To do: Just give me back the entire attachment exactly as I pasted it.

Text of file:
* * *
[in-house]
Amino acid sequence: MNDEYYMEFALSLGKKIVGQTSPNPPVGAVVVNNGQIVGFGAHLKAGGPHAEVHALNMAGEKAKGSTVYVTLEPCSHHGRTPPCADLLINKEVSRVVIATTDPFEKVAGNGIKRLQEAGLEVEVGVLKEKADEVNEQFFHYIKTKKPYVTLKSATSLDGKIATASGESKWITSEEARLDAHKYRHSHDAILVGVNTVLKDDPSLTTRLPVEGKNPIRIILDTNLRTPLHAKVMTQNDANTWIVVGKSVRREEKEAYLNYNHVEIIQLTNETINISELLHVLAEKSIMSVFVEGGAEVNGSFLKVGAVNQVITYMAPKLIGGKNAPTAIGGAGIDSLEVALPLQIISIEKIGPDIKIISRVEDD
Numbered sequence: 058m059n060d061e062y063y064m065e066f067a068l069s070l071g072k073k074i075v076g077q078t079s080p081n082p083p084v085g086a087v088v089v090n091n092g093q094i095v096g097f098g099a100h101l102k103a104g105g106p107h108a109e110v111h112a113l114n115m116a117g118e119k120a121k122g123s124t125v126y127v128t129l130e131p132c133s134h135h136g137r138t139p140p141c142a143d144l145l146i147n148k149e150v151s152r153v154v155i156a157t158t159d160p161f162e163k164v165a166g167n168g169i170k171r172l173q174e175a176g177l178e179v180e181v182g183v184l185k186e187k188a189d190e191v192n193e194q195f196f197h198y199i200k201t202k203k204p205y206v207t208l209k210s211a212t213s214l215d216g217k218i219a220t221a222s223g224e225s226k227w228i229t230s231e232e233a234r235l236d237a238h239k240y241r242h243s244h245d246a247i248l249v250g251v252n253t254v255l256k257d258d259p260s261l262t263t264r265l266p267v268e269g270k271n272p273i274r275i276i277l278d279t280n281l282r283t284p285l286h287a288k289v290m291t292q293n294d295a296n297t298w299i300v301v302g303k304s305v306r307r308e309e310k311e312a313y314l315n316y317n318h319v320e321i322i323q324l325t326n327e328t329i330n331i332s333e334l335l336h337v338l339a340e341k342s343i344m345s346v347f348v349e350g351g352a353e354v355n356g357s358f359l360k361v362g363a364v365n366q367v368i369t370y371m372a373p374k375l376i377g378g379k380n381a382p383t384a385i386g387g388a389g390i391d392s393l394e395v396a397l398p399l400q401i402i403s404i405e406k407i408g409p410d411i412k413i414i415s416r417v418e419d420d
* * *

[in-house]
Amino acid sequence: MNDEYYMEFALSLGKKIVGQTSPNPPVGAVVVNNGQIVGFGAHLKAGGPHAEVHALNMAGEKAKGSTVYVTLEPCSHHGRTPPCADLLINKEVSRVVIATTDPFEKVAGNGIKRLQEAGLEVEVGVLKEKADEVNEQFFHYIKTKKPYVTLKSATSLDGKIATASGESKWITSEEARLDAHKYRHSHDAILVGVNTVLKDDPSLTTRLPVEGKNPIRIILDTNLRTPLHAKVMTQNDANTWIVVGKSVRREEKEAYLNYNHVEIIQLTNETINISELLHVLAEKSIMSVFVEGGAEVNGSFLKVGAVNQVITYMAPKLIGGKNAPTAIGGAGIDSLEVALPLQIISIEKIGPDIKIISRVEDD
Numbered sequence: 058m059n060d061e062y063y064m065e066f067a068l069s070l071g072k073k074i075v076g077q078t079s080p081n082p083p084v085g086a087v088v089v090n091n092g093q094i095v096g097f098g099a100h101l102k103a104g105g106p107h108a109e110v111h112a113l114n115m116a117g118e119k120a121k122g123s124t125v126y127v128t129l130e131p132c133s134h135h136g137r138t139p140p141c142a143d144l145l146i147n148k149e150v151s152r153v154v155i156a157t158t159d160p161f162e163k164v165a166g167n168g169i170k171r172l173q174e175a176g177l178e179v180e181v182g183v184l185k186e187k188a189d190e191v192n193e194q195f196f197h198y199i200k201t202k203k204p205y206v207t208l209k210s211a212t213s214l215d216g217k218i219a220t221a222s223g224e225s226k227w228i229t230s231e232e233a234r235l236d237a238h239k240y241r242h243s244h245d246a247i248l249v250g251v252n253t254v255l256k257d258d259p260s261l262t263t264r265l266p267v268e269g270k271n272p273i274r275i276i277l278d279t280n281l282r283t284p285l286h287a288k289v290m291t292q293n294d295a296n297t298w299i300v301v302g303k304s305v306r307r308e309e310k311e312a313y314l315n316y317n318h319v320e321i322i323q324l325t326n327e328t329i330n331i332s333e334l335l336h337v338l339a340e341k342s343i344m345s346v347f348v349e350g351g352a353e354v355n356g357s358f359l360k361v362g363a364v365n366q367v368i369t370y371m372a373p374k375l376i377g378g379k380n381a382p383t384a385i386g387g388a389g390i391d392s393l394e395v396a397l398p399l400q401i402i403s404i405e406k407i408g409p410d411i412k413i414i415s416r417v418e419d420d